Haskell For Games!

I've been head-down in a big stack of papers since around March this year. That was the point at which I first started to get excited about the idea of Haskell becoming a plausible language for use in games development. More recently I decided to start doing something about it and gave a talk to a group of dedicated Haskellers at AngloHaskell 2009. The event turned out to be a lot of fun and I think it's safe to say the talk went pretty well. Here's the abstract.

Functional Languages in Games: Plotting the Coup

[Slides as PDF]

As a games developer by trade, my experience of the industry leads me to suspect games development is approaching a tipping point where functional languages could enact a successful coup. The revolution would claim a chunk of C++-owned territory for the victor and mark an important milestone in the development of functional languages. It will not be easy. Games development is notoriously demanding and the successful functional language would need to meet stringent performance requirements, have clearly demonstrable 'killer apps', jump through hoops of fire and tell jokes at parties. This talk will discuss how close Haskell is to meeting these demands, the challenges that remain, evidence of functional languages already in games, and how Haskell compares against its nearest competitors.

Haskell For Games!

At first glance it sounds like a crazy idea. One to file away with the other crazy ideas to replace C++ with Java/C#/Python/etc. Most alternatives to C++ are so unlikely to succeed in practice that they appear to taint the very idea of replacing C++. I've written before about my high regard for C++,  but as powerful and effective as it is for games development, it does not represent an impossible challenge and we don't have to look to replace it entirely. Finding it a suitable companion would be a major step forward and is the goal I'd choose to focus on.

Multi-core

There are powerful currents moving in modern computer hardware, pulling us inevitably into murky multi-core waters. However this movement also begins to make the idea of doing games development in an alternative language more plausible. What do we do when large multi-core systems become a standard hardware platform? (A reality that I note is only a handful of years away.) I have yet to see a parallelisation option that don't make me think life in this new age in C++ will be rather hard. And would it be any easier in C# or Java? No. Multi-core life there will likely be just as tough. However, these aren't the only options.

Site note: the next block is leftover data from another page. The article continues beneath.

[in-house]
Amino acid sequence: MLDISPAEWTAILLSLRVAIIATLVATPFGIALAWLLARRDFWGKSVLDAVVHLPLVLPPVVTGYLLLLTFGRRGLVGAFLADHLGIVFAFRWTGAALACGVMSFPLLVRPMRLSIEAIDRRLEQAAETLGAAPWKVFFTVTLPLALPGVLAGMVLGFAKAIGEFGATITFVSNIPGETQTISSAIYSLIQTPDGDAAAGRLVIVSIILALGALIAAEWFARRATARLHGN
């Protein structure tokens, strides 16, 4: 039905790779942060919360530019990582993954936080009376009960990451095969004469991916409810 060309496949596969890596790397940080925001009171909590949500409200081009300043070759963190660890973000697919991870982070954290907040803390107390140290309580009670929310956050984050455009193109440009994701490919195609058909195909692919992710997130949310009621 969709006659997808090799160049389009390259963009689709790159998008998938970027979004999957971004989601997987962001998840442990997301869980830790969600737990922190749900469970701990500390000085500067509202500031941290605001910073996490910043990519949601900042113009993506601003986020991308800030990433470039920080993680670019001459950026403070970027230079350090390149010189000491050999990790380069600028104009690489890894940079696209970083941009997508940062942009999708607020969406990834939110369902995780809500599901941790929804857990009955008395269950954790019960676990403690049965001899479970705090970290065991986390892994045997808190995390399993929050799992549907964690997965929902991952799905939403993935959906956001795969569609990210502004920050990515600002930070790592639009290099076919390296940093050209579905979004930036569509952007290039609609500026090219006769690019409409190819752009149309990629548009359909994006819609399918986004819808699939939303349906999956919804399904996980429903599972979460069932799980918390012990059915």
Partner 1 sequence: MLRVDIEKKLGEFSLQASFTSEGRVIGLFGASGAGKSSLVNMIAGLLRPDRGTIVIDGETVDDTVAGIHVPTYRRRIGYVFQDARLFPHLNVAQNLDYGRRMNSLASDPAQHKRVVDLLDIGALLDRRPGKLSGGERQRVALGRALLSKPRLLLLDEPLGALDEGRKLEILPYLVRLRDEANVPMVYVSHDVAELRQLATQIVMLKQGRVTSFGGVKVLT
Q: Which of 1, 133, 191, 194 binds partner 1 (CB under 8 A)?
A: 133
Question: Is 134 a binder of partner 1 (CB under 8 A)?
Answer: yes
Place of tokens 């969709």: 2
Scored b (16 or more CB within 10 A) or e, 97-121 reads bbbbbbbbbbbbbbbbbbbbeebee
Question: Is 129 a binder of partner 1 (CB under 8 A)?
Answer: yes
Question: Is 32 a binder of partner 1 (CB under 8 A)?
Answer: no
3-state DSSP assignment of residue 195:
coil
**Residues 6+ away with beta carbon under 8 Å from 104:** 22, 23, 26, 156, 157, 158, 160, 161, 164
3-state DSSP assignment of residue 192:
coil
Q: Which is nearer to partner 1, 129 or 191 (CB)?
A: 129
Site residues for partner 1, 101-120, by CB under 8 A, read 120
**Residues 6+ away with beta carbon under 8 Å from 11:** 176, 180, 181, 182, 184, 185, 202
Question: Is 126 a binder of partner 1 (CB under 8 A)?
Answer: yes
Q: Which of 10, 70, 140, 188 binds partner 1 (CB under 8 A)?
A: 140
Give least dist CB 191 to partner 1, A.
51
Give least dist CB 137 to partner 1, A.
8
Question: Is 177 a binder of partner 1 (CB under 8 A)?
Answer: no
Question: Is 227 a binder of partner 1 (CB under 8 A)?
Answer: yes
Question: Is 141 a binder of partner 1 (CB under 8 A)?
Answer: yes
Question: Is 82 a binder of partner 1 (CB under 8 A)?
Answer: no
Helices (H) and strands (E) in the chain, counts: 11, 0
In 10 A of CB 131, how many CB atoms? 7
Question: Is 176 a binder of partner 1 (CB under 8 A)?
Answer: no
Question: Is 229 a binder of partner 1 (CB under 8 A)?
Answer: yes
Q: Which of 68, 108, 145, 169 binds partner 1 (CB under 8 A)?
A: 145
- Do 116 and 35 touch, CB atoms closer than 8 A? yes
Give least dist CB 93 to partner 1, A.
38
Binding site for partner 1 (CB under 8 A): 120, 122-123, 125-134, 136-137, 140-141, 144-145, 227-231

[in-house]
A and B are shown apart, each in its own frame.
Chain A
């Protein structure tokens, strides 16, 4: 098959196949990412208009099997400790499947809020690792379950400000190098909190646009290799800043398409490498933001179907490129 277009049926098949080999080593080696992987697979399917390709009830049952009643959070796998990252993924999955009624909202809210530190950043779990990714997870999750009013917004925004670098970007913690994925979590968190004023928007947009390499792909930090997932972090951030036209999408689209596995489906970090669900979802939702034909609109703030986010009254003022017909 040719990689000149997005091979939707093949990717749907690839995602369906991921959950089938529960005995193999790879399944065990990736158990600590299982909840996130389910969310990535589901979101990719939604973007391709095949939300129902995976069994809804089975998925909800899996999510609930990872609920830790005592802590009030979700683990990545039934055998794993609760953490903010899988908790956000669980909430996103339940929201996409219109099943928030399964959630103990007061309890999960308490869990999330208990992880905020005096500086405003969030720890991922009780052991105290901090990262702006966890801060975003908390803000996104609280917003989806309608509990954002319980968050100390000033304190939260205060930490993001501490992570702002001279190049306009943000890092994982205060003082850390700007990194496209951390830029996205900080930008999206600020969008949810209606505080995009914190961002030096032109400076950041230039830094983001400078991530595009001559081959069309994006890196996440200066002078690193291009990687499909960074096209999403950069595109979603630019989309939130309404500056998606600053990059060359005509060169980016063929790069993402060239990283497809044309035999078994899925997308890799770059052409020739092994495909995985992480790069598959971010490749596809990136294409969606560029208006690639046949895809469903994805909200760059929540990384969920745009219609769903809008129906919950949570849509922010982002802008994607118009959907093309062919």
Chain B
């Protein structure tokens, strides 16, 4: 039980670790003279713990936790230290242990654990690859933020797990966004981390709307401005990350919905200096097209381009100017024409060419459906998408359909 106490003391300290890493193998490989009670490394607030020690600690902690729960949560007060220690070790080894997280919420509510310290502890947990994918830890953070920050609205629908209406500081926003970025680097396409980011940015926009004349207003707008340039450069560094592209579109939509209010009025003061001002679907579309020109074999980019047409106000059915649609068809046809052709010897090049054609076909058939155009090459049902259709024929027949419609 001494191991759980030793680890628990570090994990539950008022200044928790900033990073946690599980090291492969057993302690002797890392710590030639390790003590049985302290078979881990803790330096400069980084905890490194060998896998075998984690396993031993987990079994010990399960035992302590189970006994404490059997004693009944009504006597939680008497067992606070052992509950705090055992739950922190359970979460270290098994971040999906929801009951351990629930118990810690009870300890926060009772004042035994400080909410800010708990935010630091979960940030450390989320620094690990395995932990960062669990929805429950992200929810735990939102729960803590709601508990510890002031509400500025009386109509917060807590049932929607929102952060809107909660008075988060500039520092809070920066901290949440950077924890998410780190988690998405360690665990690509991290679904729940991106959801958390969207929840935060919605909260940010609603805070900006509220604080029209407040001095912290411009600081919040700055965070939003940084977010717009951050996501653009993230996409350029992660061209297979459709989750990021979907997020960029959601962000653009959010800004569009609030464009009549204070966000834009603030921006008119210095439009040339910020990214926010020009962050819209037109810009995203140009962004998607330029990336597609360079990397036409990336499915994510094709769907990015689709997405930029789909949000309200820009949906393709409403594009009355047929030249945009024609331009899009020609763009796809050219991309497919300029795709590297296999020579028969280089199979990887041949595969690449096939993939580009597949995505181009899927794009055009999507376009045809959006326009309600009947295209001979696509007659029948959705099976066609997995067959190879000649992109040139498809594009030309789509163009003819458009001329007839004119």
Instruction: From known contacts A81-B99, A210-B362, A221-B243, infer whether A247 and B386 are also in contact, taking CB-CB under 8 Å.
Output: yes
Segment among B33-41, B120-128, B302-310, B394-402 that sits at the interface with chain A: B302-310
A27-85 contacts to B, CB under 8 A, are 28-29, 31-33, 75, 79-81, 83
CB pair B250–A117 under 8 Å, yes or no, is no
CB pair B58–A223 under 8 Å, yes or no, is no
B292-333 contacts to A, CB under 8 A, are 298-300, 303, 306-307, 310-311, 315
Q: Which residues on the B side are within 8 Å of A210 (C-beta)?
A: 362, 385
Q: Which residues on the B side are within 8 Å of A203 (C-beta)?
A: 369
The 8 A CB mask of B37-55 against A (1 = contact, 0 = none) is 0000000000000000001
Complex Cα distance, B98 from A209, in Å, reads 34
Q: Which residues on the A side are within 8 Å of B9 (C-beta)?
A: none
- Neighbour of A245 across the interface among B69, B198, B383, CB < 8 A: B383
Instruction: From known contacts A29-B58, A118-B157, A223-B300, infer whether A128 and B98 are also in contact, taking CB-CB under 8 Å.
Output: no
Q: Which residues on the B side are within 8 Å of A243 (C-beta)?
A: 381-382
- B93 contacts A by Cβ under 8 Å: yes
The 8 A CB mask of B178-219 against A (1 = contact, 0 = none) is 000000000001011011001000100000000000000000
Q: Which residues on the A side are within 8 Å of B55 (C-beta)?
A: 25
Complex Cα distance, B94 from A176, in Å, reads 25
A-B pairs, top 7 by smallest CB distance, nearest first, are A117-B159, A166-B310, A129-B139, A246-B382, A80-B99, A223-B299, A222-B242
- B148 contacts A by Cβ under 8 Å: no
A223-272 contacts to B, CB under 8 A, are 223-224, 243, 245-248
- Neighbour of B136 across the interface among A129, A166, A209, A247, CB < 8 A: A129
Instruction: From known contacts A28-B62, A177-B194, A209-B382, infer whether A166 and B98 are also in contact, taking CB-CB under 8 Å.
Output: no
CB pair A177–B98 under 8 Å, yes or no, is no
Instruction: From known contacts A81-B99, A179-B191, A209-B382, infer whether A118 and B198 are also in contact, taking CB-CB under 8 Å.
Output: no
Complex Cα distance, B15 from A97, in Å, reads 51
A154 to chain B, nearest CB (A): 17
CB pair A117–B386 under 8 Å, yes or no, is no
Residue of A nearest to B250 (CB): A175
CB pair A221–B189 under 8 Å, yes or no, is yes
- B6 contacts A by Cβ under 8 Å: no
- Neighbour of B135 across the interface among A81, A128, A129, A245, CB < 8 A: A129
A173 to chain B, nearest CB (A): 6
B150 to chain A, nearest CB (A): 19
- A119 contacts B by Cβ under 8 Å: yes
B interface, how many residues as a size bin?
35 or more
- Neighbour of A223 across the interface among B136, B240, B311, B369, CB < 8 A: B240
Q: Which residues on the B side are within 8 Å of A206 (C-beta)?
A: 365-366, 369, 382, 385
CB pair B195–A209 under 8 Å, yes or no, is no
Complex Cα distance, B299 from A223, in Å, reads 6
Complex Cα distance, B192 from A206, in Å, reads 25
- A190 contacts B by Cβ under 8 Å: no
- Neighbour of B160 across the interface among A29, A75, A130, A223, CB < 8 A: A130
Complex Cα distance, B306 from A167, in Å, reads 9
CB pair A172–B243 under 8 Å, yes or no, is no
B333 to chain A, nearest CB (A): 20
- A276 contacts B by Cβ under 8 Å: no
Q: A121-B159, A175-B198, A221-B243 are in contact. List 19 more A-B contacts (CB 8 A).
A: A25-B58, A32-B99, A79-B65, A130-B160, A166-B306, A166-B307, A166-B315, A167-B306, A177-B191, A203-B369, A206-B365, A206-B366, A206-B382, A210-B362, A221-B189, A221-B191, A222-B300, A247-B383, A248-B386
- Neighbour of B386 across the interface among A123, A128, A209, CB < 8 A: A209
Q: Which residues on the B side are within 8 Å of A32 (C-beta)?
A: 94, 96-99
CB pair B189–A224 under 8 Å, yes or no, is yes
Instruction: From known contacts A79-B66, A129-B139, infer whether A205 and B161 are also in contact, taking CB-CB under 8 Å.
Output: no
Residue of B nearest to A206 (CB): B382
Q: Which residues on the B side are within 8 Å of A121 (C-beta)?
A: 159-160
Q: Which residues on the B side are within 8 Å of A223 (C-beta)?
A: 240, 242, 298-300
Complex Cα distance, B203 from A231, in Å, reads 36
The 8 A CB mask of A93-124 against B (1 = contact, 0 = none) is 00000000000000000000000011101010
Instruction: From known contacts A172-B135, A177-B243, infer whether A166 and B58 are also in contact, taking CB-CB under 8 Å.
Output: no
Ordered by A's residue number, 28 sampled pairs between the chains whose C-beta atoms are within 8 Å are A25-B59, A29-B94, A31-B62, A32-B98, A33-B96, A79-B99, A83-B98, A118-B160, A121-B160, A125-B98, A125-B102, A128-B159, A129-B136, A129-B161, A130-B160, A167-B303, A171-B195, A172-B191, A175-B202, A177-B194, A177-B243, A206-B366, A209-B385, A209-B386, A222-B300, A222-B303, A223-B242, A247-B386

Functional languages

I'm far from the first to notice this, but pure functional languages - as opposed to the imperative languages most of us are used to - do at least have a theoretical advantage. Pure functional code does not have side effects. If you call it with the same parameters you will always get the same answer. It is thread-safe at a fundamental level giving opportunities for optimisation and parallel evaluation that are either infeasible or impossible with imperative code. They aren't so alien as you may immediately think. You may well already work with such a language without really realising it. Ignoring some syntactical obfuscations, both CG and HLSL are essentially pure, referentially transparent languages. Neither language can wipe your hardrive or save state in global variables, and it's no coincidence that they both optimise exceptionally well.

As you can well imagine, this is not an open-and-shut success case. Achieving good parallelism, even from a functional starting point, is still hard. In the previous example of CG/HLSL, the hard parallelism work is still done by the programmer by setting up the GPU pipeline, rather than magically derived from the CG/HLSL. Doing complicated, dependent operations in a GPU architecture is tricky and the subject of many GPGPU articles, although to be fair many of these obstacles are due to the current GPU architecture than the more fundamental issues in utilising parallelism.

Achieving parallel code that includes grubby details like nesting and runtime data dependencies are hard problems. But in the long term I think it's more plausible to turn these problems into successes in functional languages than anywhere else. Compiler-parallelised code, even if partly programmer controlled, would be a Killer App for any alternative language, and one feature that C++ is unlikely to ever have. Without this feature, there are many other benefits for games development to adopt a functional sister-language, but the cost of doing so may cancel out the cost of the adoption.

Multi-core Haskell

I'm championing Haskell from the functional language pack for a variety of reasons, several of which are noted briefly in my talk and the rest I'll expand on further in the future. I hope many of the benefits of Haskell will be apparent to anyone prepared to spend the time learning it, and I'd urge anyone interested to get stuck in immediately. There are several decent tutorials referenced from the Haskell Wiki, and I can highly recommend, "Learn You A Haskell For Great Good!", as a great starting point. One other very notable highlight is the on-going research into extending the language to support Nested Data Parallelism. Although not complete, this research does look very promising and where I'm hoping some of the magic may take place.